From an early edition of Absalom, Absalom!
- Publishers: someone should print an affordably priced pocket-sized edition of the philosopher Richard Rorty’s Achieving Our Country (1998). Then every philosophy major could carry it at all times, and whenever anyone mocked you for having pursued this seemingly worthless degree, you could pull out Achieving and flip to the part where Rorty predicted—with such prescience that it’s almost painful now—the rise of Trump: “The nonsuburban electorate will decide that the system has failed and start looking around for a strongman to vote for—someone willing to assure them that, once he is elected, the smug bureaucrats, tricky lawyers, overpaid bond salesmen, and postmodernist professors will no longer be calling the shots…”
- Someone to consider when you hear politicians (or just drunk libertarians at the bar) invoke reason and rationality with that lusty edge to their voices: Jonathan Swift. As John Gray writes, the author of Gulliver’s Travels “was a lover of reason who believed in God as the guarantor of rationality in the world … Swift’s work illustrates an irony of rationalism. Unlike most rationalists, who use reason to prop up their conventional prejudices and opinions, Swift used it to judge the human world. The skeptical David Hume concluded that ‘reason is, and ought only to be the slave of the passions.’ Suggesting that reason should serve life rather than rule it, this was a wise observation. But reason, for Swift, was a passion in its own right, and one to which he was enslaved. Gulliver’s Travels is full of incidents showing that human standards of size and strength are relative. Yet he was wholly unable to follow the imperturbable Hume in accepting that reason is powerless against nature, convention and the twists of human events.” (Our DON’T BE LIKE OL’ JOHNNY SWIFT T-shirts should be in stock soon.)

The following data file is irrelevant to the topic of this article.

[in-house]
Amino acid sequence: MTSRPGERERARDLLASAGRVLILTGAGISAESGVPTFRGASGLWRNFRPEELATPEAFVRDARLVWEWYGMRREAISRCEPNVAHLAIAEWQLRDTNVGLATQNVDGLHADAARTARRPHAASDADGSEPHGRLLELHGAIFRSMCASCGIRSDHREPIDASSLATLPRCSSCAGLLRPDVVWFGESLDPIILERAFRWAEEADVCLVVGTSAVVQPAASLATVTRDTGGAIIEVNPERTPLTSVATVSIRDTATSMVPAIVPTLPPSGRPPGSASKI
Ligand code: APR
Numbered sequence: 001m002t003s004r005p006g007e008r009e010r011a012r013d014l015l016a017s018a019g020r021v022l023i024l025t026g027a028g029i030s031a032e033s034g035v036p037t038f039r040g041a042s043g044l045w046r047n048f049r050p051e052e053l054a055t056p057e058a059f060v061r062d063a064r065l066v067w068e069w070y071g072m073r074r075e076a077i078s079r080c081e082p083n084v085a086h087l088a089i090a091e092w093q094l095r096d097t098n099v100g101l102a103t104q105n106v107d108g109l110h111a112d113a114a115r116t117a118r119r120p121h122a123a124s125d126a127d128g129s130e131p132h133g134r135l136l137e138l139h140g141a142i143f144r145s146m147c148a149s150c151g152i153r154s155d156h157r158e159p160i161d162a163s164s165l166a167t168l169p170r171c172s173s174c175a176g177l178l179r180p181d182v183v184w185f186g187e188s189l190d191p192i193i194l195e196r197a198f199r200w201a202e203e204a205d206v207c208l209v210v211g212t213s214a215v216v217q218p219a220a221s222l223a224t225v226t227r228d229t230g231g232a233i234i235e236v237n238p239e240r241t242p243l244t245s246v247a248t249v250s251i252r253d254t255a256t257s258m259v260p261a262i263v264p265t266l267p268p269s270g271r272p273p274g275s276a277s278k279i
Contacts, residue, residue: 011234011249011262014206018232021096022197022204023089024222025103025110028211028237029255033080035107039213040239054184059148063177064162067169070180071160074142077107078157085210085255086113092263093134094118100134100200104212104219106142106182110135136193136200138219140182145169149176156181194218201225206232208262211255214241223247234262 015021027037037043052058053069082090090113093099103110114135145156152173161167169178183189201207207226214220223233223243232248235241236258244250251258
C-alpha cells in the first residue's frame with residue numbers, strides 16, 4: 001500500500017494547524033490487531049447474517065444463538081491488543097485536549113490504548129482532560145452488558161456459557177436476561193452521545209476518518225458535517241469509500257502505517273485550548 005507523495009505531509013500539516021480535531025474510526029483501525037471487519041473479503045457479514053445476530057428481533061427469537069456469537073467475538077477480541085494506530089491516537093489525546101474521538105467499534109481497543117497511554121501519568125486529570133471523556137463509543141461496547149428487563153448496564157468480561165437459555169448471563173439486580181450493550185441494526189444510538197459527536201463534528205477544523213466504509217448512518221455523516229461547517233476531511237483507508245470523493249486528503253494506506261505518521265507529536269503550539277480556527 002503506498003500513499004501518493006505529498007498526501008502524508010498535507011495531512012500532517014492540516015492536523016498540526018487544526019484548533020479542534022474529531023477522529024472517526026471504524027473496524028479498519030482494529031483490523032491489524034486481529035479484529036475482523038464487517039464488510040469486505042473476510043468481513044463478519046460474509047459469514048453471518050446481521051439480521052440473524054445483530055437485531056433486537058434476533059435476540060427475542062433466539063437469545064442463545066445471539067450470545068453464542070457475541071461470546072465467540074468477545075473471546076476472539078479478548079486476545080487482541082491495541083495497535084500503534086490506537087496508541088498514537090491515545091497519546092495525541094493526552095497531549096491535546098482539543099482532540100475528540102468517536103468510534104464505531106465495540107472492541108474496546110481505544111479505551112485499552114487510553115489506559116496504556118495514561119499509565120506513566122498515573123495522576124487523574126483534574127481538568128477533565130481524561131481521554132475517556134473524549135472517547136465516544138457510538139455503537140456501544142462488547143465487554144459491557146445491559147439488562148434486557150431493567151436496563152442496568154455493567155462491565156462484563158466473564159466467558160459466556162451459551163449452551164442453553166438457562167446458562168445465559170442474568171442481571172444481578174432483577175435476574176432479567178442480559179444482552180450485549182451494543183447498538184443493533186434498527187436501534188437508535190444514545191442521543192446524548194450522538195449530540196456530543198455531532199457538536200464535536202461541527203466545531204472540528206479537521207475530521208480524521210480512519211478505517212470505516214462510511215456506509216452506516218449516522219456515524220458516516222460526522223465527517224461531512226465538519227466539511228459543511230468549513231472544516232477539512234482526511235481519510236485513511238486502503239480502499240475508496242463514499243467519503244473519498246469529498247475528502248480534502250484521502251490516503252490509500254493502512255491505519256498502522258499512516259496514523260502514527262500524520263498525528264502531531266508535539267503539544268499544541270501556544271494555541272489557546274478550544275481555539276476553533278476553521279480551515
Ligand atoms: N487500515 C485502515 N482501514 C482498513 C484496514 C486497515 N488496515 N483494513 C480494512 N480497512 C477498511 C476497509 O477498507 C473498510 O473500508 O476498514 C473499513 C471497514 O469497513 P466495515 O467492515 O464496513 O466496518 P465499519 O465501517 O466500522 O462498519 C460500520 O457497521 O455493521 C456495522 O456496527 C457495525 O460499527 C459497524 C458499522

- A. E. Stallings is here with a quick word for self-loathing poets: “Ultimately, angst over the popularity of poetry, or hatred of it for that matter, strikes me as a luxury. Lately I have been leading an occasional poetry workshop at a centre in Athens for female refugees—Afghan, Syrian and Iraqi women mostly. It is a halting affair, in English, in which none of the women is entirely fluent; a translator and translation apps on cell phones help us navigate the gulfs and gaffes and gaps of language. They are living in camps where basic needs like food and shelter are scarcely met. But they love the possibilities of poetry … Some of them have fled Taliban-controlled areas where song itself is forbidden. What we are doing is perhaps not Poetry with a capital P, but I see in them a lyric longing for the beauty and power of language, and for speaking it in the first person.”
- If you’d prefer to be alone right now, or if you’d prefer to imagine an America almost entirely devoid of certain people—a beautiful, half-empty country where we could start over again—pick up The Democratic Forest, William Eggleston’s new book of photographs, where people are nowhere to be seen: “Take his great photograph of the vacant concession stand. Painted pink with a yellow interior, the stand is flanked by matching plastic garbage cans and set back on cement painted in a four-square pattern of pale blue and yellow. The solemnity of this frivolous structure! It reminds me strangely of the villa of Pontius Pilate at background left in Piero della Francesca’s Flagellation of Christ, painted in the 1450s. The architecture of Pilate’s home, with its mathematical recession of floor and ceiling, is no more stately than Eggleston’s vacant refreshment booth. The dignity of Eggleston’s scene is enough to make one think of Piero having been commissioned to paint an altarpiece for an amusement park, only to have abandoned his would-be Madonna of the Sno-Cone Stand because of lack of payment, or a sudden war or plague, the painting remaining forever after with only the architecture and not the figures finished.”